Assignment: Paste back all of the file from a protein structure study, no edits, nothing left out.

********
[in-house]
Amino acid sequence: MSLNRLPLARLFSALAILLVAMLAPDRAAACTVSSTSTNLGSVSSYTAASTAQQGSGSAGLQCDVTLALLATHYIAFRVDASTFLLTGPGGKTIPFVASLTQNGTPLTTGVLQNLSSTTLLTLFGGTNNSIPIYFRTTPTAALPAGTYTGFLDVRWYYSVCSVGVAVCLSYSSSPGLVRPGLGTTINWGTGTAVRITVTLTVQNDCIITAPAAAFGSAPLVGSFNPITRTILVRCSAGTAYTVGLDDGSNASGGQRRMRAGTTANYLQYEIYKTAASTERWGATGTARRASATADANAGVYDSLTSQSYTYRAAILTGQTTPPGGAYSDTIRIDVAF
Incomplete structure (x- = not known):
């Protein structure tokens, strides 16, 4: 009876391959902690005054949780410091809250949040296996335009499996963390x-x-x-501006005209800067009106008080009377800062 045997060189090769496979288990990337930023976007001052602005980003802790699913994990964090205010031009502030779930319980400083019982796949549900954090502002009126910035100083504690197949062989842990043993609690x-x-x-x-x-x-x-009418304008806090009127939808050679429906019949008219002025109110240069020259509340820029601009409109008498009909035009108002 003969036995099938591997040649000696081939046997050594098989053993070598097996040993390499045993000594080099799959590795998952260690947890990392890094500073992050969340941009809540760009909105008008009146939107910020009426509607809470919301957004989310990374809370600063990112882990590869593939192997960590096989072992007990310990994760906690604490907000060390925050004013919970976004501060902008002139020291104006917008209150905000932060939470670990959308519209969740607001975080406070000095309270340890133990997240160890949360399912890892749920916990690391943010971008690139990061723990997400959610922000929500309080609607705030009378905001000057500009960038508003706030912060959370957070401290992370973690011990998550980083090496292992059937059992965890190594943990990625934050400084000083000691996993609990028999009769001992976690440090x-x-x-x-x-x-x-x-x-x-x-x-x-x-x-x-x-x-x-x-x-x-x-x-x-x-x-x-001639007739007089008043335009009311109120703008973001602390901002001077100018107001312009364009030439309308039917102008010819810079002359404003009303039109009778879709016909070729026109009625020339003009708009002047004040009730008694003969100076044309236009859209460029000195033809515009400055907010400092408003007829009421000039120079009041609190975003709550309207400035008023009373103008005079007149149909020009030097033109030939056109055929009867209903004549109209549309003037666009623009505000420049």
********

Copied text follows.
[in-house]
Amino acid sequence: MSLNRLPLARLFSALAILLVAMLAPDRAAACTVSSTSTNLGSVSSYTAASTAQQGSGSAGLQCDVTLALLATHYIAFRVDASTFLLTGPGGKTIPFVASLTQNGTPLTTGVLQNLSSTTLLTLFGGTNNSIPIYFRTTPTAALPAGTYTGFLDVRWYYSVCSVGVAVCLSYSSSPGLVRPGLGTTINWGTGTAVRITVTLTVQNDCIITAPAAAFGSAPLVGSFNPITRTILVRCSAGTAYTVGLDDGSNASGGQRRMRAGTTANYLQYEIYKTAASTERWGATGTARRASATADANAGVYDSLTSQSYTYRAAILTGQTTPPGGAYSDTIRIDVAF
Incomplete structure (x- = not known):
């Protein structure tokens, strides 16, 4: 009876391959902690005054949780410091809250949040296996335009499996963390x-x-x-501006005209800067009106008080009377800062 045997060189090769496979288990990337930023976007001052602005980003802790699913994990964090205010031009502030779930319980400083019982796949549900954090502002009126910035100083504690197949062989842990043993609690x-x-x-x-x-x-x-009418304008806090009127939808050679429906019949008219002025109110240069020259509340820029601009409109008498009909035009108002 003969036995099938591997040649000696081939046997050594098989053993070598097996040993390499045993000594080099799959590795998952260690947890990392890094500073992050969340941009809540760009909105008008009146939107910020009426509607809470919301957004989310990374809370600063990112882990590869593939192997960590096989072992007990310990994760906690604490907000060390925050004013919970976004501060902008002139020291104006917008209150905000932060939470670990959308519209969740607001975080406070000095309270340890133990997240160890949360399912890892749920916990690391943010971008690139990061723990997400959610922000929500309080609607705030009378905001000057500009960038508003706030912060959370957070401290992370973690011990998550980083090496292992059937059992965890190594943990990625934050400084000083000691996993609990028999009769001992976690440090x-x-x-x-x-x-x-x-x-x-x-x-x-x-x-x-x-x-x-x-x-x-x-x-x-x-x-x-001639007739007089008043335009009311109120703008973001602390901002001077100018107001312009364009030439309308039917102008010819810079002359404003009303039109009778879709016909070729026109009625020339003009708009002047004040009730008694003969100076044309236009859209460029000195033809515009400055907010400092408003007829009421000039120079009041609190975003709550309207400035008023009373103008005079007149149909020009030097033109030939056109055929009867209903004549109209549309003037666009623009505000420049």